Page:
TWO RUNNERS UP will receive a collection of Megan McDonald’s Judy Moody books, including a complete set of Judy Moody and Stink titles plus the Sisters Club series (approximate retail value $270)

Open to full-time elementary teachers in the fifty United States and Washington, D.C.,
who enter by 12/31/2009. Winners will be announced on or about 1/4/2010.

Play Find the Blog Post

December 7, 2009

I’ve gone back into the files and found some topics which might be of interest to students, teachers and writers.   If not, send me comment what you’d like to talk about here.

Action in Writing August 31

Drama and Emotion in Writing  June 12

Dreams and Writing  August 17

Favorite Books  July 27

Game – Play the Universe Writing Game  June 9

Ideas for Writing     June 17

Memoirs – Six Word Memoirs  September 1

Mystery – How to Write One!  June 19

Reference Books  July 31, July 24

And a few personal ones:

Of Death and Humor  June 3, 2009  Saying goodby to my dad

Lessons from a Rat  September 2 and those immediately following and September 25 (with photos)

Australia  November 23

$1000 Scholarship Contest Reminder – Dec. 15 Due Date

December 5, 2009

Create a video book trailer for the verse novel “Hugging the Rock” by Susan Taylor Brown. Put together a cast and act it out, create an animation, or use photos with text set to music – it’s up to you.

Win a $1000 scholarship!

For more information

Holiday Writing Contest, Dog Writing Contest and MORE!

December 5, 2009

Thank you Judith Marshall, a writer from California Writers Club who told us about a great website call On it, they have a lot of writer’s contests. I couldn’t see any age requirements. Check for the various entry dates and topics for submissions.

(And if you decide not to actually enter, this site may give you ideas for writing prompts too.)

Example topics:
Celebrations Creative Writing Contest
Hot Earners Contest
Long-Term Earners Contest
Professionals Contest
Seasonal Earners Contest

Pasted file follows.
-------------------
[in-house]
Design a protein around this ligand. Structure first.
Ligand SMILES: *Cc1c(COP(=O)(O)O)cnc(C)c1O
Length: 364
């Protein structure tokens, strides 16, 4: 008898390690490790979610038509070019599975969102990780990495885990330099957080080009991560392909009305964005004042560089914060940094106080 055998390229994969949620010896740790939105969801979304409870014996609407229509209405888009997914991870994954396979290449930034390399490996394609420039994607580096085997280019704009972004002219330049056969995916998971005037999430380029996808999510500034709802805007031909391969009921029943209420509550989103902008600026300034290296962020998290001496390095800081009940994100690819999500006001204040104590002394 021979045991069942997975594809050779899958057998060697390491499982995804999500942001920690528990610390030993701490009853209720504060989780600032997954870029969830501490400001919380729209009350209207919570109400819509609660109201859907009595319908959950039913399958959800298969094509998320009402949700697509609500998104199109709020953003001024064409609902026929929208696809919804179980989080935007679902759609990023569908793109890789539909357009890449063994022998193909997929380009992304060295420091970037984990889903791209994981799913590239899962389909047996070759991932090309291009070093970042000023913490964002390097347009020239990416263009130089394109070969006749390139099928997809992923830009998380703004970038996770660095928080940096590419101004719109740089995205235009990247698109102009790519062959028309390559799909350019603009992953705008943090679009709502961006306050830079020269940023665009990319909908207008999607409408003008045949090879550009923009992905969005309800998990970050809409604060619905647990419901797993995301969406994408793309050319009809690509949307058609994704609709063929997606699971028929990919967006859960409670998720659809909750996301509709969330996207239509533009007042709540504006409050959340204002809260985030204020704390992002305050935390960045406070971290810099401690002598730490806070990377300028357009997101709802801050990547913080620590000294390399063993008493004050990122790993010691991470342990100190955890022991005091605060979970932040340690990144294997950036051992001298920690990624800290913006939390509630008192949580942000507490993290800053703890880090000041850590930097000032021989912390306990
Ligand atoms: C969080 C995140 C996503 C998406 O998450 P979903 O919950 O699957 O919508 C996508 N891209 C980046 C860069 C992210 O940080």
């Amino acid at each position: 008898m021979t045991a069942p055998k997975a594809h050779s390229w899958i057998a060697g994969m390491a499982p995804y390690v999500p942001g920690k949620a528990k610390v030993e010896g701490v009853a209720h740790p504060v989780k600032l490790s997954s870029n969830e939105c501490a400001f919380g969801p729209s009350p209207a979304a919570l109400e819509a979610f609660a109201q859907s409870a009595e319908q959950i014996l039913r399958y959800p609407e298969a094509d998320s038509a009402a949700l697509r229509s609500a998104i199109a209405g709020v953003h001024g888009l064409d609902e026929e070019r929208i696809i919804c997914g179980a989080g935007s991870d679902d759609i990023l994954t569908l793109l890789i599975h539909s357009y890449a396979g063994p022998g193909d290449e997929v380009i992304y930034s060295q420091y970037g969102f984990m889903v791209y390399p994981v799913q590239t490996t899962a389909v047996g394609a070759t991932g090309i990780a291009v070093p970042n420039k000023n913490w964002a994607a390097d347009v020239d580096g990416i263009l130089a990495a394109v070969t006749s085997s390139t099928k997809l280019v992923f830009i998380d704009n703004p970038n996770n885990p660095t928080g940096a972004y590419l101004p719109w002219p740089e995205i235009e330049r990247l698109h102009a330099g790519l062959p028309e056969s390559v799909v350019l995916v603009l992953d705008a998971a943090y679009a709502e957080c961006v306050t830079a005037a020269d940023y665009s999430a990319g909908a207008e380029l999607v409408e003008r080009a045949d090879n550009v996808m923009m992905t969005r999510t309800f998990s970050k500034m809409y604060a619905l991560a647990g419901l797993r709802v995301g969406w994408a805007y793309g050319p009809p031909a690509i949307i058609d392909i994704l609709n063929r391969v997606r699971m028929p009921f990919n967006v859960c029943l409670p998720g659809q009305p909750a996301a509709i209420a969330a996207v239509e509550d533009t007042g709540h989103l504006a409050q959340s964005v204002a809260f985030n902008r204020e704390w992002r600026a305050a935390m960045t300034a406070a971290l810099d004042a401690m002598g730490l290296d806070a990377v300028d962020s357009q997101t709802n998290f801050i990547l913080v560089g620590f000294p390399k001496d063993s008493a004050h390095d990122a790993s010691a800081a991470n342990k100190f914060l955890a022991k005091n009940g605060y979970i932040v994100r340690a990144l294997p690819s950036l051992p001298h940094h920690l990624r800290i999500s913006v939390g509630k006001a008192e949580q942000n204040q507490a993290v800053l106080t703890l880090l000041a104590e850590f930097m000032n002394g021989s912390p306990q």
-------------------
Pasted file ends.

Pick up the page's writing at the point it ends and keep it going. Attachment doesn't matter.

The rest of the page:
Teachers Without Borders Contest
Title Madness Contest
Wide World of Sports Contest

When I clicked Dogs, these topics appeared:

Autoimmune disease in dogs: Symptoms and treatments
Best breeds of dogs for runners
Best dog breeds for kids
Causes of Addison’s disease in dogs
Causes of skin irritations in dogs
Common dog pregnancy symptoms
Dangers of dogs eating table food
Dog breeds that don’t bark
Easiest breeds of dogs to train
Guide to using homeopathic remedies for dogs
Homemade dog food ingredients to avoid
How a dog gets worms
How to choose the right dog breed for you
How to crate train small dogs
How to train a dog to sit
Kidney failure in dogs: What to expect after the diagnosis
Overview of extra-large dog breeds
Tips for cleaning a dog sprayed by a skunk
What is dog mange?
When is a puppy considered full grown?

Love This Comic

December 4, 2009

KQED Radio Show’s Commentary, Video or Photo Slideshow Contest for Youth

December 3, 2009

Attention All of You Ages 13 – 27 in California!

KQED is looking for young people to share their Perspectives on two themes: “Coming Out” and “Friday Night.” Perspectives may take the form of a short commentary, video, or photo slideshow.

One grand prize, an iPod Touch, will be awarded to the best overall entry for each theme.

Selected Perspectives will also air on KQED Public Radio and be published on throughout the months of January and March.

The deadline for the “Coming Out” theme is December 15, so don’t wait!

If you’ve got something to say (and we hope you do!) read the details below:


THE KQED Youth Perspective Competition Rules and FAQs
1. Tell me more about the themes.

Coming Out: Submit your reflections on coming out as gay, lesbian, bisexual, or transgender, or revealing some other important personal secret about who you are or what you do that changed your life. Pieces should explore topics such as why you came out or how you changed, obstacles you had to overcome, help that you received or outcomes that you didn’t anticipate. Pieces from friends or family members of those who have come out are encouraged.

Friday Night: Friday nights mark a transition from the school week to personal time, sparking a change in many people. How does Friday night represent your world as a whole? What do you do, or not do, on Friday night that represents how your life is changing or how your life is unique? What does your Friday night say about you, your family, neighborhood, city, age, etc?

2. What is the prize?

One Perspective for each theme will be awarded a grand prize, an 8GB iPod Touch.3. Who can enter?

Anyone between the ages of 13 and 27 years old may submit a Perspective for possible publication or broadcast, however, you must be a resident of California to be eligible for the competition to win a prize. (If you’re under the age of 18, be sure to get your parents’ or guardians’ permission before entering!) Employees of KQED and their relatives are also not eligible to win prizes.

4. How long can my Perspective be?